Brian Newhook is happy that he can kayak again after being sidelined for awhile with a form of arthritis called psoriatic arthritis. Newhook says treatment has given him back his mobility.
When Brian Newhook awoke one morning with some small tension in his knee, he thought he had just strained it a little during a workout the night before. He was 32 and very active, spending much of his free time hiking and kayaking. But each day, that tension in his knee got a little worse.
“It was almost like a rubber band was around it and it was just kinda getting tighter,” he says.
It was November of 2012. By the new year he’d hardly have any ability to bend his left knee at all.
After his family doctor ruled out all other possibilities, he told Newhook he had arthritis — the severity of which Newhook didn’t quite grasp at the time.
“He just looked at me and was like ‘It’s not good news, son’.”
Within two months a rheumatologist diagnosed him with an autoimmune disease called psoriatic arthritis (PsA). In PsA, the immune system is overactive and starts to attack what would be well-working joints causing swelling, warmth and pain.
“By that time my left knee was the size of a cantaloupe,” he says.
He had 70 CCs of fluid drained off the joint and then he started to go through possible remedies, all of which proved useless to his specific condition. As time wore on and his knee wore out, it became obvious that there was permanent damage being done. His doctor, not to mention Newhook himself, was getting desperate.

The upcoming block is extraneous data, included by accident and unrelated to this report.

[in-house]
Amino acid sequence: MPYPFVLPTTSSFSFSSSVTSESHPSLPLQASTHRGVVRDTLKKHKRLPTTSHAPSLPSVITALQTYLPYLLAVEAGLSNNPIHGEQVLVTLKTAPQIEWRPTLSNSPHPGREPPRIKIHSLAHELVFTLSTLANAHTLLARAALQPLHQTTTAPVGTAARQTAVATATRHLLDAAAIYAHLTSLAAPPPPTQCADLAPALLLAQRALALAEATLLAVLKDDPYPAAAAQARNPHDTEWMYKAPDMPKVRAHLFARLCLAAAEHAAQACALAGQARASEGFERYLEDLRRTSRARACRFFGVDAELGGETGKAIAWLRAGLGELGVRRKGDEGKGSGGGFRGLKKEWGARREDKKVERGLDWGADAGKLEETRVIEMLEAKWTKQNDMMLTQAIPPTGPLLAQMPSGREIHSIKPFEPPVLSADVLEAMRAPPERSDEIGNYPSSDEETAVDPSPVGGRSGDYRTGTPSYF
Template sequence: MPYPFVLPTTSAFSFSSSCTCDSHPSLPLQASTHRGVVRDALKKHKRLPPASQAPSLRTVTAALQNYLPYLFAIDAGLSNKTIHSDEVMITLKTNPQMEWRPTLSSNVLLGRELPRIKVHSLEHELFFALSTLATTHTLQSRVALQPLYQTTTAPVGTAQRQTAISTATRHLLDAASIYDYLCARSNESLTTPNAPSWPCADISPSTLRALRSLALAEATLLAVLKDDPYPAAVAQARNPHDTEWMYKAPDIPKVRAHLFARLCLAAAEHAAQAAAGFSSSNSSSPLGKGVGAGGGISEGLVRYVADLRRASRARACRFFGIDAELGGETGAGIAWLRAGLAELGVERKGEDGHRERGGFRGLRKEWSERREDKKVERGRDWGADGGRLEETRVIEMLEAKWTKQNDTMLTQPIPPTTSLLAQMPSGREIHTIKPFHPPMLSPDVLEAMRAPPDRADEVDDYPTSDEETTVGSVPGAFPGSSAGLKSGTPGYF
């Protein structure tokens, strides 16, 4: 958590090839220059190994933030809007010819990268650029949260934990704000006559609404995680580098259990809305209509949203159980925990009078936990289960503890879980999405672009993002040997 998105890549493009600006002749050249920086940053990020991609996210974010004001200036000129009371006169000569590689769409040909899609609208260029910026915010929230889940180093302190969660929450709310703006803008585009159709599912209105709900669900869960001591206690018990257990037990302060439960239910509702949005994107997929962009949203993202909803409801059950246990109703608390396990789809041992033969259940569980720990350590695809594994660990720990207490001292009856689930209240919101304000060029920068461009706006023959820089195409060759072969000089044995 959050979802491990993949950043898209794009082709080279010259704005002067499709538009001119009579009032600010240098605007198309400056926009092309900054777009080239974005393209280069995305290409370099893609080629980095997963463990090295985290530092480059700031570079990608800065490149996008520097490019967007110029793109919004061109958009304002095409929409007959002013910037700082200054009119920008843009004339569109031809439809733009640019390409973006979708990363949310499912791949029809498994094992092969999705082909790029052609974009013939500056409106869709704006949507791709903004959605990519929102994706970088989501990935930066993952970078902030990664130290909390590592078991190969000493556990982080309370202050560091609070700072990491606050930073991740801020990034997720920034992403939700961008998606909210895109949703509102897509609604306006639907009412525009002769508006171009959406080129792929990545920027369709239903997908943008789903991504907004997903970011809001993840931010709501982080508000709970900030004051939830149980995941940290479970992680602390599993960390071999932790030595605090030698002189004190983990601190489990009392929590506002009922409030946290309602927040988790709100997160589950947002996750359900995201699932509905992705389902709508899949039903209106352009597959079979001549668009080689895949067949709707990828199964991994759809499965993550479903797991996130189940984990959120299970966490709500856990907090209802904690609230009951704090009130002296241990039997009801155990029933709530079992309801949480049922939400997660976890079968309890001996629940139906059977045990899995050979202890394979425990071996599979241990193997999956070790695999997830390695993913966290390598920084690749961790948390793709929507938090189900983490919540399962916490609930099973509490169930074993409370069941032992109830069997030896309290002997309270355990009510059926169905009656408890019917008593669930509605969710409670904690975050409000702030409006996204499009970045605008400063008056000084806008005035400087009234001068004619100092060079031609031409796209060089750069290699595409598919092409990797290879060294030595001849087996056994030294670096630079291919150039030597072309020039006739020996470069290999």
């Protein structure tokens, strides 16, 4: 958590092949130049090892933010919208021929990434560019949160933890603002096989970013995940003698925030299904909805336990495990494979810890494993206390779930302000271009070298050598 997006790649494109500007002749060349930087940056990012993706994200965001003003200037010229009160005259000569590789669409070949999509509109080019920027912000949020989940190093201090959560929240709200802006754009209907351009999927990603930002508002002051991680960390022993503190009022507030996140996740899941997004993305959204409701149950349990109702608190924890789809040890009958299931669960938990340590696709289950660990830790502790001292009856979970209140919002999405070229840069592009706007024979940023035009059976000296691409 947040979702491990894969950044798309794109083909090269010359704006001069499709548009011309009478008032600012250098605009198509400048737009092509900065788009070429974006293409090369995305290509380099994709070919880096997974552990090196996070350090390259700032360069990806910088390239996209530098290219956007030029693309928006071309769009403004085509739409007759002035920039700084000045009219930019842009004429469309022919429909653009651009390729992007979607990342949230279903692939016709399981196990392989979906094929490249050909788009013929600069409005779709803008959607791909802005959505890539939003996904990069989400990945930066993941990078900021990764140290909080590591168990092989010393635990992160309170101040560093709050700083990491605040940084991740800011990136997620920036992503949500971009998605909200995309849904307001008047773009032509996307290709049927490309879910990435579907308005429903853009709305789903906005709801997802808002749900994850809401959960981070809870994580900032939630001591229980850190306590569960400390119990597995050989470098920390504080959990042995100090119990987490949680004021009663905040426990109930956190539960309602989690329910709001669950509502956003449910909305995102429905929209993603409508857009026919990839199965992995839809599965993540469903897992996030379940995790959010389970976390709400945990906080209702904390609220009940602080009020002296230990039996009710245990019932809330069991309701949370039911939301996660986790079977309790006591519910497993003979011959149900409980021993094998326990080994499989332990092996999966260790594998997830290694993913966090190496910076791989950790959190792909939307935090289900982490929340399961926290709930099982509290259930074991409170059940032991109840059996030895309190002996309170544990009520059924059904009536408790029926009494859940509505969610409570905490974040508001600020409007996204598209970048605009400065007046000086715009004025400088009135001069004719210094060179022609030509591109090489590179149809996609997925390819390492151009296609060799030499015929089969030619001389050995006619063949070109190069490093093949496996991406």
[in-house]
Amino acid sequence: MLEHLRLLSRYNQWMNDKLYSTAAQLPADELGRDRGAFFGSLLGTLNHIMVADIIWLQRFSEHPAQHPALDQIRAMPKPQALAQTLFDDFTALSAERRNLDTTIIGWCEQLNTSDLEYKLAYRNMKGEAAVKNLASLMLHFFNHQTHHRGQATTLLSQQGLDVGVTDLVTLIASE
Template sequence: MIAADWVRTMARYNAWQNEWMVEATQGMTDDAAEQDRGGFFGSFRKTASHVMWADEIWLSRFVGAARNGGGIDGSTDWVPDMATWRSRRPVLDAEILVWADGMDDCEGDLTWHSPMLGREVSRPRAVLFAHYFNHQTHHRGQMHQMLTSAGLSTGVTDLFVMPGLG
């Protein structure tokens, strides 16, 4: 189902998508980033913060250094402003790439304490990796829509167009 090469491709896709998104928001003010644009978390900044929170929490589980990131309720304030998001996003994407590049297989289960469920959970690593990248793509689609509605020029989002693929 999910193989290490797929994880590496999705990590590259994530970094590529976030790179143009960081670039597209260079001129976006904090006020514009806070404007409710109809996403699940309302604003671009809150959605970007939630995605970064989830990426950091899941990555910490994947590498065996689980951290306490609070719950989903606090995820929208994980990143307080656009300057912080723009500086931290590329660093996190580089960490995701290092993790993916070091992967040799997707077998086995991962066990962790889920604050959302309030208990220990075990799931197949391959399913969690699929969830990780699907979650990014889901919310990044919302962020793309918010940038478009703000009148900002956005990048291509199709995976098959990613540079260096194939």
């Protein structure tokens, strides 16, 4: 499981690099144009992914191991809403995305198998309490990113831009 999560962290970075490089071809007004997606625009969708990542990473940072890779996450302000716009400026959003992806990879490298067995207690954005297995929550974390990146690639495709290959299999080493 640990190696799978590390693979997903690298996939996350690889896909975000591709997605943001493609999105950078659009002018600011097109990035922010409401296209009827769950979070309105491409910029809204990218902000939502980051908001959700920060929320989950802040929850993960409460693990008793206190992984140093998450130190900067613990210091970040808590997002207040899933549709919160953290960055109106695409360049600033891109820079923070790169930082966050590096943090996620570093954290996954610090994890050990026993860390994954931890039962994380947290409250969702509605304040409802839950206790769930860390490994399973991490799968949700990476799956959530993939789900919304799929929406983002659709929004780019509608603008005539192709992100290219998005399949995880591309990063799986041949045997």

“I had about 10 degrees range of motion,” he says. “I was hardly able to do anything in terms of anything that involved bending a leg.”
Being a naval architect who did most of his work at a computer, his job was, thankfully, doable. The rest of his life, however, had changed dramatically.
To get an idea of how active he had been, he and his wife with another couple had been planning a hike through Nepal into the base camp of Mount Everest. Now, kayaking was impossible. He couldn’t get his boat on or off his car or get himself in and out of his boat. He couldn’t lift his two-year-old up the stairs or even get down on the floor and play with her.
It had been two years since that morning he woke up with a slight tension in his left knee. Now he was looking at having a surgery that removes all the inner lining of the joint — essentially anything that produces fluid. That also had only about a 50 per cent chance of doing him any good.
Then his doctor gave him a shot of a biologic called SIMPONI as a last ditch effort to save his knee from being replaced. Immediately there was some relief. Within two months, he had most of his range of motion back.
“It was nothing short of a miracle,” he says.
The biologic knocks the immune system down a bit. It makes Newhook a little more susceptible to the common cold, but it keeps it from tearing his knee apart.
It’s been a year and a half since he had his first shot of SIMPONI. Last March he went on a seven-day kayaking trip with friends in Mexico spending eight hours a day in the boat without a hitch. There has been some permanent damage. He can’t do squats and the act of kneeling down on that knee is out. But he has almost full range of motion and has lost his limp altogether.
Newhook is now an advocate for early detection and management of all types of arthritis. The quicker it’s diagnosed, the quicker people can start going through the possible treatments until they find the right one for them. That means less damage that can’t be repaired.
“The longer that that takes, the bigger risk you run,” he says.
September is National Arthritis Awareness Month. Twenty-two per cent of adult Newfoundlanders are affected by some sort of arthritis.